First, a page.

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Southern Jurisdiction

What is the Southern Jurisdiction?


Southern JurisdictionThe Grand Constitutions of 1786, in the earliest known text in the possession of John Mitchell and Frederick Dalcho, provided for two Supreme Councils in the United States. The Supreme Council at Charleston sent one of its Active members to New York and authorized him to establish in 1813 a Supreme Council for the Northern Jurisdiction of the United States of America. With this accomplished, the Supreme Council at Charleston in 1827 ceded to the Northern Supreme Council the 15 states north of the Ohio and east of the Mississippi rivers. The Southern Supreme Council retained jurisdiction over all other states and territories (at home and abroad) of the United States.


The Supreme Council, 33°, Southern Jurisdiction, is the governing body for Scottish Rite Freemasonry. With its headquarters in Washington, D.C., the Supreme Council elects its own Active Members and is self-perpetuating. It charters Subordinate Bodies in cities (called Valleys) of states, territories, or countries (called Orients). In the Southern Jurisdiction, the Subordinate Bodies must observe the Statutes of our Supreme Council, its orders and regulations and, when the Supreme Council is not in session, those of the Sovereign Grand Commander.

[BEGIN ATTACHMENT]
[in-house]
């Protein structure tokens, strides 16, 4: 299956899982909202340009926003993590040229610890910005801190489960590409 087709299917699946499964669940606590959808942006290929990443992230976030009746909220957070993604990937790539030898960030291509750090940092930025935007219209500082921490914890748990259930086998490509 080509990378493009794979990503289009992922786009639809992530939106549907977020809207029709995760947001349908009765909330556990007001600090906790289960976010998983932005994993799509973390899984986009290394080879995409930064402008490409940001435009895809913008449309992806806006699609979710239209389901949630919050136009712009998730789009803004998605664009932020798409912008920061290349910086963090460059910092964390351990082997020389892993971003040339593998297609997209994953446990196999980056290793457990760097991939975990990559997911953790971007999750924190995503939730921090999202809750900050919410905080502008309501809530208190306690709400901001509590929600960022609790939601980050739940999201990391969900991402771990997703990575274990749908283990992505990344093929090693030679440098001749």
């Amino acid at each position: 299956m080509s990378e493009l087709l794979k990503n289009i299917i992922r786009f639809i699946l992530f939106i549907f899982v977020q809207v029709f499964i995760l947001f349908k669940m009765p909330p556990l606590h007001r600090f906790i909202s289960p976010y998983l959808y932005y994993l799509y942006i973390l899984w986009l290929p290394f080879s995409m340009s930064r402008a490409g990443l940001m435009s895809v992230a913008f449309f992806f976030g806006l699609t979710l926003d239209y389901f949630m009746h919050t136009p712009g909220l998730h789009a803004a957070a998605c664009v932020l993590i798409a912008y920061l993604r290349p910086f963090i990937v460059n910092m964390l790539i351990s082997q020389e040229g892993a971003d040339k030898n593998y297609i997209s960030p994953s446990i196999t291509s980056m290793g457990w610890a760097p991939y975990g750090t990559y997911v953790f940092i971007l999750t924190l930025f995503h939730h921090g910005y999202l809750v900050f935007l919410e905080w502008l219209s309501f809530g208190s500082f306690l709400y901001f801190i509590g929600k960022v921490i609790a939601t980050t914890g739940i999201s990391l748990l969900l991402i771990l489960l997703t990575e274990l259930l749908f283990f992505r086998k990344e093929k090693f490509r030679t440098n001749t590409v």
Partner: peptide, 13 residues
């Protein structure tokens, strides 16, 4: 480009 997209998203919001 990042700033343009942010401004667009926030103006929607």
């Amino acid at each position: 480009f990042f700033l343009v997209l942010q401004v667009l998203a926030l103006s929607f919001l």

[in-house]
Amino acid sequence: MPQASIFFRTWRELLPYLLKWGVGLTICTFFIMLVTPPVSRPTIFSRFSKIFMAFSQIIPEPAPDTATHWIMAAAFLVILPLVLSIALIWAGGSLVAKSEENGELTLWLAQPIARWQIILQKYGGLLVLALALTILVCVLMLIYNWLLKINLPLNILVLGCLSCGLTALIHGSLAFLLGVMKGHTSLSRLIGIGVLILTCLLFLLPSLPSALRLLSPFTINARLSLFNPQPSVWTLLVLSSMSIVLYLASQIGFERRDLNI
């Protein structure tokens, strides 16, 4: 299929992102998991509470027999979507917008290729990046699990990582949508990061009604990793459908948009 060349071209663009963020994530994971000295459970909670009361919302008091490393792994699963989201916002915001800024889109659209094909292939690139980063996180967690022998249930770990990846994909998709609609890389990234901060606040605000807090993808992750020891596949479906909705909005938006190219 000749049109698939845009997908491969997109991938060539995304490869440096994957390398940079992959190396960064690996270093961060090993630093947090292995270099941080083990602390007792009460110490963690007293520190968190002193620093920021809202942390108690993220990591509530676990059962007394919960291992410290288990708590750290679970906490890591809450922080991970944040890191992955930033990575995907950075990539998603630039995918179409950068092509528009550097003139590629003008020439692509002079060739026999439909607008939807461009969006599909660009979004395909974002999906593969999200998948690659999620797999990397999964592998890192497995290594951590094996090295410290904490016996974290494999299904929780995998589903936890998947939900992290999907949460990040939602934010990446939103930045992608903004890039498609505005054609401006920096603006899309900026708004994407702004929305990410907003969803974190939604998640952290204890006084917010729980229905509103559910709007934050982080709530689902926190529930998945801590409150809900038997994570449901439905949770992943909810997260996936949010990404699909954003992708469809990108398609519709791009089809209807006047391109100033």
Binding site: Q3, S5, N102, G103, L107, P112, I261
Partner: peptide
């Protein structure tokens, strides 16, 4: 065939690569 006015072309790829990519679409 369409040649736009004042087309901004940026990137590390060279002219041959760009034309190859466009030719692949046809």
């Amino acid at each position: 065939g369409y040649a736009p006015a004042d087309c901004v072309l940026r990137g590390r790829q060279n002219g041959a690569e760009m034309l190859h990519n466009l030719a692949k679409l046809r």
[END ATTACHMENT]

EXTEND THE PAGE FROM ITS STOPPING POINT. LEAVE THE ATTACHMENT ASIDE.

The Supreme Council meets every other year, at which time the business of the Rite is transacted and KCCH, 33˚ and Grand Cross honors are conferred on those who have been elected to receive these honors.
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